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GreatKhanArtist's page

Pathfinder Society Member. 288 posts. 28 reviews. No lists. No wishlists. 2 Pathfinder Society characters. 1 alias.

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3pp Does it Best

****( )

This is how the Paizo "Races of" should be. Most of the races follow a template, but there's a little bit of difference to each one. A tantilizing bit of fluff and lots of great flavourful crunch. Each race gets items and class variations that are thematic and useful. There's a race for every situation and environment.

Sadly, some of the fluff write-ups are confusing and prior knowledge of Kobold's campaign setting is needed to make sense of them; this is especially true of the Shadow Fae and the Darakhul. There are whole campaign settings that focus on these guys and their origins and empires, but as this is a player's book, I felt this could be improved on.

A lot of work went into balancing the races of this book. Some have feats to advance them, like the tosculi who can become more and more agile in the air and wasp-like. The best example of this is the werelion, who has several balance options. Very well done.

I also really appreciated the new, more balanced option the gearforged present for replacing the warforged. The ravenfolk/tengu take on a very neat alternate flavour, instead of being Asian, they are Norse and are one of my favorites. Their creation story is really fitting with Norse mythology.

The only other downside to this book is that many of the variant classes have to do with the Advanced Classes book. I'm not a fan of that one. Surprisingly, there is one psychic class as well!

Hoping for more of these in the future, especially fan-favorites like grippli and the Asian-inspired wayang and monkey people and changelings. You can cherry pick the races that appeal to you as individual PDFs, but really, the whole thing is great.

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The Sinking Rises with Mystery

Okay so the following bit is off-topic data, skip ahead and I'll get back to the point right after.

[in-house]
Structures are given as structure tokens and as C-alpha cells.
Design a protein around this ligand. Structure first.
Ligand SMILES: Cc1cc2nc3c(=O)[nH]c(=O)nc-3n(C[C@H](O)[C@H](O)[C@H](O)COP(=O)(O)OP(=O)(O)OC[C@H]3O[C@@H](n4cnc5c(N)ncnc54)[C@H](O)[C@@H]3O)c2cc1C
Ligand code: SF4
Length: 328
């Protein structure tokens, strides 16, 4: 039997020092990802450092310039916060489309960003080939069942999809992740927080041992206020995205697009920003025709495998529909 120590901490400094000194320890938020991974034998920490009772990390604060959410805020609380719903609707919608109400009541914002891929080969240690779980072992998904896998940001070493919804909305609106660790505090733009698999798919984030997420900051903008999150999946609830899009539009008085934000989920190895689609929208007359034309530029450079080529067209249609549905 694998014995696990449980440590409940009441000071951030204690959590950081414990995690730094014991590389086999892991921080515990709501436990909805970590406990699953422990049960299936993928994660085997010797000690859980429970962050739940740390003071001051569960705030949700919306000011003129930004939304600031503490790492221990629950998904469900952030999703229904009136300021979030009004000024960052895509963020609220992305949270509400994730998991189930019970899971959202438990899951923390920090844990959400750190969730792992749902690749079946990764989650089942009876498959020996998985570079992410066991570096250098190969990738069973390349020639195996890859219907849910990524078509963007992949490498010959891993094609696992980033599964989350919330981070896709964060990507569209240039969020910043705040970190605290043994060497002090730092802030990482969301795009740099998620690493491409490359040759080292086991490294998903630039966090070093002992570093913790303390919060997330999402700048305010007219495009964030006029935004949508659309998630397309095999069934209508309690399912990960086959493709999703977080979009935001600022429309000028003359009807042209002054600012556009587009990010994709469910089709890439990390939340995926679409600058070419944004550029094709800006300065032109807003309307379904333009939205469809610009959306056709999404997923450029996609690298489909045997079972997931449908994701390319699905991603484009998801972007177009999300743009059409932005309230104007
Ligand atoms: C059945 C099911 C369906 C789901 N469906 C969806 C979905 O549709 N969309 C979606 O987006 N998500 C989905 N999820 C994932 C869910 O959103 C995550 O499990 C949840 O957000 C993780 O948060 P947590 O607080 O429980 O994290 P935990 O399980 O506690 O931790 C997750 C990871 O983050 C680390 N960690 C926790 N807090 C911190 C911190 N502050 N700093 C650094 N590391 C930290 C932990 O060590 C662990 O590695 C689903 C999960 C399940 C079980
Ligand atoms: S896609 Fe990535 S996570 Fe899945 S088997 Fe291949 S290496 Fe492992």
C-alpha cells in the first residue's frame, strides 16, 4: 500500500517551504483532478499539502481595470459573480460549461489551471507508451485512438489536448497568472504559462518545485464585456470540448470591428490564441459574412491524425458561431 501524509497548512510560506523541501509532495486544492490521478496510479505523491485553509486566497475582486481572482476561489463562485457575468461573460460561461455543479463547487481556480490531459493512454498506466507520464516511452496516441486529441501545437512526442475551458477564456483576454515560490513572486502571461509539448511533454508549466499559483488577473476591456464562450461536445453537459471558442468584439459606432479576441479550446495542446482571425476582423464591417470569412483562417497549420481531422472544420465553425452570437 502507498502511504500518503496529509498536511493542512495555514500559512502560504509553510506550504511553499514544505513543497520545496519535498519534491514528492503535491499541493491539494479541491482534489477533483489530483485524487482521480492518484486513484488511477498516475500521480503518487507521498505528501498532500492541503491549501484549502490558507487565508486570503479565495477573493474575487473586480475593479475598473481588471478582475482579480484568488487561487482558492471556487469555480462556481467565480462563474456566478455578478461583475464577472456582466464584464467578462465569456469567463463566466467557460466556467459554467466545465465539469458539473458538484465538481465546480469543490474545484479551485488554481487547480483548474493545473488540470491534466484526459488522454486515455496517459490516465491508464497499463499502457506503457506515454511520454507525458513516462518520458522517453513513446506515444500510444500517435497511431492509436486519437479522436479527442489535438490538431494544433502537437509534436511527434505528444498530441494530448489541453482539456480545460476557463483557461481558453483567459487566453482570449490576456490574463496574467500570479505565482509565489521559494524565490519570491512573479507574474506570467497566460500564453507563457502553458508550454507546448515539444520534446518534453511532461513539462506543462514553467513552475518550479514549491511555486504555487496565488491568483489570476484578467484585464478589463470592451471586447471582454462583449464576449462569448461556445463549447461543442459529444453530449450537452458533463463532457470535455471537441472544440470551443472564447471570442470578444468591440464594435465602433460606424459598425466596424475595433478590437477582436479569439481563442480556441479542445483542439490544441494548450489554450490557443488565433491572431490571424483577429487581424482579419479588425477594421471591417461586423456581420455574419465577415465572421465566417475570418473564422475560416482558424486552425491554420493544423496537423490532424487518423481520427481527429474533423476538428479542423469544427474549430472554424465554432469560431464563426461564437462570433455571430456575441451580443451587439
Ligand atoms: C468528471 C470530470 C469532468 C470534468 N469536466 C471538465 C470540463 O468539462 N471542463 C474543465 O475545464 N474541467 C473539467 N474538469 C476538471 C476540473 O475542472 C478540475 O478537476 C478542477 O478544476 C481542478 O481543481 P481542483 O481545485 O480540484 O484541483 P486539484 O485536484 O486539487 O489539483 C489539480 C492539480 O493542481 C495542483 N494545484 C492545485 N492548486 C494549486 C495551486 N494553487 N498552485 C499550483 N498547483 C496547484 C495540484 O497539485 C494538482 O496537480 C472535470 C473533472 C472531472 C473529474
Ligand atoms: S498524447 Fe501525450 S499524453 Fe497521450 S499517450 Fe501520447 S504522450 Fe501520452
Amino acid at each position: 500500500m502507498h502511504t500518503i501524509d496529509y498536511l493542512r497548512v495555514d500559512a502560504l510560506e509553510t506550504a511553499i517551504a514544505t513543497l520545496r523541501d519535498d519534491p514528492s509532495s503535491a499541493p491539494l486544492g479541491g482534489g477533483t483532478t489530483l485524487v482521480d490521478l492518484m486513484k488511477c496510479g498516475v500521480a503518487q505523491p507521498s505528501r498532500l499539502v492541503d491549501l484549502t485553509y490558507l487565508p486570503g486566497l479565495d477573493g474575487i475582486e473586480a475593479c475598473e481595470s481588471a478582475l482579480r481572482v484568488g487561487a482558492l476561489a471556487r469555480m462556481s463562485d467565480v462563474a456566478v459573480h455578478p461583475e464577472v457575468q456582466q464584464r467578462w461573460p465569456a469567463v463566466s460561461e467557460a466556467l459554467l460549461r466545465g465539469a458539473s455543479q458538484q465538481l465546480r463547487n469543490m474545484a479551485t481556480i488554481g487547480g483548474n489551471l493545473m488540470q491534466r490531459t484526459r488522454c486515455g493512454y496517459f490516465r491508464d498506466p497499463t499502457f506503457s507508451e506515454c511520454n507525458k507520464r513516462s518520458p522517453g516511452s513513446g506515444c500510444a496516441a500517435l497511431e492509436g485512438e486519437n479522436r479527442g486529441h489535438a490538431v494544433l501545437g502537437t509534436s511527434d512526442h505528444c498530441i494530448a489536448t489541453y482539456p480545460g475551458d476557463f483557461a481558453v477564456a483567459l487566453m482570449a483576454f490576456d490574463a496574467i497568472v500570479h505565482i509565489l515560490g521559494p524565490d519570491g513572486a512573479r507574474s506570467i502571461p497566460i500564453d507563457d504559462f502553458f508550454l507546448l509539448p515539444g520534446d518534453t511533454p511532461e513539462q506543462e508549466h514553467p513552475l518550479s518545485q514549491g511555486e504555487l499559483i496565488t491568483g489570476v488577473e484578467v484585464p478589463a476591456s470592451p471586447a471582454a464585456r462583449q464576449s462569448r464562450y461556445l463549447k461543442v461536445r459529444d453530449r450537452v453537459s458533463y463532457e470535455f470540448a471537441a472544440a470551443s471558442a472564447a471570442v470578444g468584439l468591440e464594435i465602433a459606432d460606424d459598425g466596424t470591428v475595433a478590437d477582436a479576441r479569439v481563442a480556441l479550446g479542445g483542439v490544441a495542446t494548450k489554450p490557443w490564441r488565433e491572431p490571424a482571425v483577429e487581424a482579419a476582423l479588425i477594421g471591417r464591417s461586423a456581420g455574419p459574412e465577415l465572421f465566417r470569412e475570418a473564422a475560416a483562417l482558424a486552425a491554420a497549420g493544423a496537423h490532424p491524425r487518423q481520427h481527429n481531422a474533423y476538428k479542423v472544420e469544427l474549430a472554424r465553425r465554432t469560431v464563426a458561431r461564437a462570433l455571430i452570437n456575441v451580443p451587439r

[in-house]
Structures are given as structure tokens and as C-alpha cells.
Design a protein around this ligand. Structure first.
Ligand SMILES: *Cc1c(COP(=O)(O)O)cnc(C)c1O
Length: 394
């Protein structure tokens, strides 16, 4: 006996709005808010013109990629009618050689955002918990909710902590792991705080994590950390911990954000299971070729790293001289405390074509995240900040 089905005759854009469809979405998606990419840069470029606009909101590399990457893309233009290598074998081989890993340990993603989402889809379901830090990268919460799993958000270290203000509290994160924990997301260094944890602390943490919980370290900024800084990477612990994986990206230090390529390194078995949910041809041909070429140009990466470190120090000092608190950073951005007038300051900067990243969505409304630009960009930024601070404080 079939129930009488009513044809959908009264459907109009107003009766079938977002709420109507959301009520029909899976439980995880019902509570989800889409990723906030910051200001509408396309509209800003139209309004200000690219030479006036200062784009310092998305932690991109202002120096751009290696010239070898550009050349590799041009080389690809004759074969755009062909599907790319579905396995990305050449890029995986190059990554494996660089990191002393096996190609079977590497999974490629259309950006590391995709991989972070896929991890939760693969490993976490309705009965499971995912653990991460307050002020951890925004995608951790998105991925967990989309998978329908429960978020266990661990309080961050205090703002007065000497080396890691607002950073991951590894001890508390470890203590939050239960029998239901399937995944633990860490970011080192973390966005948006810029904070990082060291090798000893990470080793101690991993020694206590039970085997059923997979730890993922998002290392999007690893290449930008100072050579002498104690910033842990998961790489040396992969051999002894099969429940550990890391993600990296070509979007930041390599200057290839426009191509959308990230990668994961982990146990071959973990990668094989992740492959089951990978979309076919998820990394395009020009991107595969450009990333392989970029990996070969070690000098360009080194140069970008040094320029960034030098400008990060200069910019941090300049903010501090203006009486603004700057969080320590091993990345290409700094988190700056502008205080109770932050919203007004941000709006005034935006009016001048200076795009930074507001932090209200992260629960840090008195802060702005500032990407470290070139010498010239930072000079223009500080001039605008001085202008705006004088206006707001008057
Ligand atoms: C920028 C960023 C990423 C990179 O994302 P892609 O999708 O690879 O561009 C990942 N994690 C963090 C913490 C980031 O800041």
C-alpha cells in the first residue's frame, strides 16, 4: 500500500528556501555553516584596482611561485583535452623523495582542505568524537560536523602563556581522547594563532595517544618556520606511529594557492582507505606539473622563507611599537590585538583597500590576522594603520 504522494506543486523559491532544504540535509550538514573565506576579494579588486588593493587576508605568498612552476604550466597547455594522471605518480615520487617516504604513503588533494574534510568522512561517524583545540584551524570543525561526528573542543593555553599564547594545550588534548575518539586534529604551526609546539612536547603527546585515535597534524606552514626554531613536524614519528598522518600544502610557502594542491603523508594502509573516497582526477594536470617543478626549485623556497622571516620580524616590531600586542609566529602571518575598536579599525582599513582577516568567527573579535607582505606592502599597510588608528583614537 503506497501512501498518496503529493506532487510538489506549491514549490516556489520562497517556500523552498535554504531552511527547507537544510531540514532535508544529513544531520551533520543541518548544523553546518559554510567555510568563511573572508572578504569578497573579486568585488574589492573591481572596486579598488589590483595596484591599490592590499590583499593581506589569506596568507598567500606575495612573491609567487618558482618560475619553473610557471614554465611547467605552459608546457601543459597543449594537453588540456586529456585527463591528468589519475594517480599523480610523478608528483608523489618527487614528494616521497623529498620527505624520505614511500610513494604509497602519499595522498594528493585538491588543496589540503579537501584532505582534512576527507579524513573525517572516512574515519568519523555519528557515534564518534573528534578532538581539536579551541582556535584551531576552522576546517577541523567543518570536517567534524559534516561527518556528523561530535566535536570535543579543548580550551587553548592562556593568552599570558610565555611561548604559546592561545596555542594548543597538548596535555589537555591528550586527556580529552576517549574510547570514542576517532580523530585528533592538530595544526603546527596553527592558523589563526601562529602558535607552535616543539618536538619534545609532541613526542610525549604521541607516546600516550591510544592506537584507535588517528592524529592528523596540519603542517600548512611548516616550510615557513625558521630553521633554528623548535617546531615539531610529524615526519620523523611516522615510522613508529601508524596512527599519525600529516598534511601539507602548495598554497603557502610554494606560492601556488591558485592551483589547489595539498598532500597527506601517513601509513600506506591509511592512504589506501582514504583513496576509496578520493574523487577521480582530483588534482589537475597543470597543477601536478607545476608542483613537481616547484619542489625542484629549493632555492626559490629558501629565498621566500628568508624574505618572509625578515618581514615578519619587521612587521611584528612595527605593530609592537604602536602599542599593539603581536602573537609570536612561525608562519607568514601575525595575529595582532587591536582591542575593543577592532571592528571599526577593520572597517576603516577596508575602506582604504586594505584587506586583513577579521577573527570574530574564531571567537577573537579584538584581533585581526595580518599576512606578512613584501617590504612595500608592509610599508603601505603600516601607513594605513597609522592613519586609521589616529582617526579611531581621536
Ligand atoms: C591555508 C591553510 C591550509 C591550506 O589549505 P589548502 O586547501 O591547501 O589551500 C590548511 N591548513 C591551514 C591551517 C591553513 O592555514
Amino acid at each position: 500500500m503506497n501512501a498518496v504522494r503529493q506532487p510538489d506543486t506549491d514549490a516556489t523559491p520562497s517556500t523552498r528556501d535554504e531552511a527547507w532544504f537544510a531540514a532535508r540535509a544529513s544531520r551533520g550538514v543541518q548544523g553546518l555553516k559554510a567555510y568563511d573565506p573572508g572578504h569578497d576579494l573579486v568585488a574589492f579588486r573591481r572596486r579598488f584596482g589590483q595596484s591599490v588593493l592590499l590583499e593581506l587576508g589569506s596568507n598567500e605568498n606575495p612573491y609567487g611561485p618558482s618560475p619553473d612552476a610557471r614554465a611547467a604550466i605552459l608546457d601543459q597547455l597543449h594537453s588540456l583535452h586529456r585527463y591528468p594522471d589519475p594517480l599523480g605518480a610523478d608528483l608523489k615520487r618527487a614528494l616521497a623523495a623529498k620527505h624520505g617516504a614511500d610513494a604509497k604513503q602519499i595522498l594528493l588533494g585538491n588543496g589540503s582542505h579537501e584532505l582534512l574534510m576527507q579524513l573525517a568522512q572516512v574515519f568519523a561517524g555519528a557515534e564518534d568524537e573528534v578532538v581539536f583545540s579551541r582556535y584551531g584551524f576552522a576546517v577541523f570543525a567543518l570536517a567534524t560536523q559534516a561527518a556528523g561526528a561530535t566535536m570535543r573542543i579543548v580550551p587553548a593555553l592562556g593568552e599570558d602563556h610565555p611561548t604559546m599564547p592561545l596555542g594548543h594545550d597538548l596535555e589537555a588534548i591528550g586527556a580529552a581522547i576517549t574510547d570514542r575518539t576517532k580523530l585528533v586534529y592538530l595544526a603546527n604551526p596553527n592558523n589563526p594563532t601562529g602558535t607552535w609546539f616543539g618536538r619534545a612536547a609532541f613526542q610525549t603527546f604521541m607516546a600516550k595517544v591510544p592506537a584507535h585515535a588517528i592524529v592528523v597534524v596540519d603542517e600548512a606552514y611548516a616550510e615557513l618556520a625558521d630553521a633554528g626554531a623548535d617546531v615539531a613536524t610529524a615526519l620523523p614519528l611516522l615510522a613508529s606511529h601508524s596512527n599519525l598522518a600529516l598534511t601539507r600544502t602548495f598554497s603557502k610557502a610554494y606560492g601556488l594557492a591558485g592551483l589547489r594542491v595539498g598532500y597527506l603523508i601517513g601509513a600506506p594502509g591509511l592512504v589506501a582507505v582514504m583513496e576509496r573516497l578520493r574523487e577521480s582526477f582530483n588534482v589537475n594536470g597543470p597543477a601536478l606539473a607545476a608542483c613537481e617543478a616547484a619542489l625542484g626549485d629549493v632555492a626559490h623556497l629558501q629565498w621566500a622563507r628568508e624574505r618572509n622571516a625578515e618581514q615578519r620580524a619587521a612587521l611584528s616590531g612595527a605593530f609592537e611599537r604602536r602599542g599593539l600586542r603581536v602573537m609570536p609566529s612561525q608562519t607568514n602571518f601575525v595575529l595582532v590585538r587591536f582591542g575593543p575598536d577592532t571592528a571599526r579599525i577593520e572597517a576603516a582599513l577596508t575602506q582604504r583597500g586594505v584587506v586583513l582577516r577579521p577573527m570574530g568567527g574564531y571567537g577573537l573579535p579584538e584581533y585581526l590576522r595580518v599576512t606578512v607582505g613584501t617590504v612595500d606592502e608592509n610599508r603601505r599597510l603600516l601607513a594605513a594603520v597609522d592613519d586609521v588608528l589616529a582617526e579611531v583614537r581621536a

Ascension of the Prophet is part 5 of the Sinking serial, a collection of adventures tied to a mysterious sinkhole that suddenly appeared in the Great City. This chapter deals with a prophet who claims to have gone into the sinkhole and returned with divine powers. Regardless of whether or not he's a fraud, he's attracted quite a following. His most prominent follower is also planning to assassinate him and to frame the PCs as the marksman.

Unlike some of the earlier offerings in the Sinking serial, the sinkhole itself features in the story. Although it isn't really part of the environment of the adventure, it does add flavour. (Particularly inclined DMs could add the hole to the final encounter, allowing bull rushes into the pit.) There are many considerations for how the PCs may act during their investigation and each of these are given appropriate checks. NPCs are given appropriate dialogue. The only ones that are missing are concerning the intention of the Mouth when he gives the PCs the job. Detecting an evil aura can be easily dismissed as the Mouth saying he's trying to reform himself by following Lazarus's teachings, but what about an initial sense motive?

There is a lot going on in this little adventure. The PCs must find out who the assassin is, and upon discovering he is a red herring, gather enough information to prove who the true criminal is and exonerate themselves when the prophet is publicly killed. Oh, and there's the little matter of the angry crowd and the witness the PCs may be trying to protect--death of the witness or the crowd won't sway the judge towards a verdict of innocence. There's also the potential for a recurring villain in the Mouth.

Ascension of the Prophet is a gem in the series. Although it ties in with the Sinking, it could easily be reworked. Highly recommended as a single session adventure with the potential to lead into other events in your urban campaign.

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A Golden Change of Pace

Denhearth is a bit of a different offering in the Village Backdrops line. Unlike most of the villages in the product line, this one isn't full of creepy evil things the PCs must defeat. Instead, it seems like a place the PCs would want to go to for reasons other than to gain XP. Denhearth is home to a sorcerer academy, created after the resident ruling gold dragon defeated an evil red dragon and routed his army. Much of the rest of the village is based around serving the academy.

There are some interesting denizens who are statted up, a half-dragon chupacabra and a dragon disciple/sorcerer. However, the stats are the most interesting part of these characters. Granted one is just a glorified guard dog, but the humanoid doesn't feel unique. Not much is mentioned about his personality other than that he is a cliche disgruntled professor. Likewise, the village exists to support the academy, but other than the dragon's den and the academy the rest of the locations feel like they could exist anywhere. I would've liked more dragon or academy theme.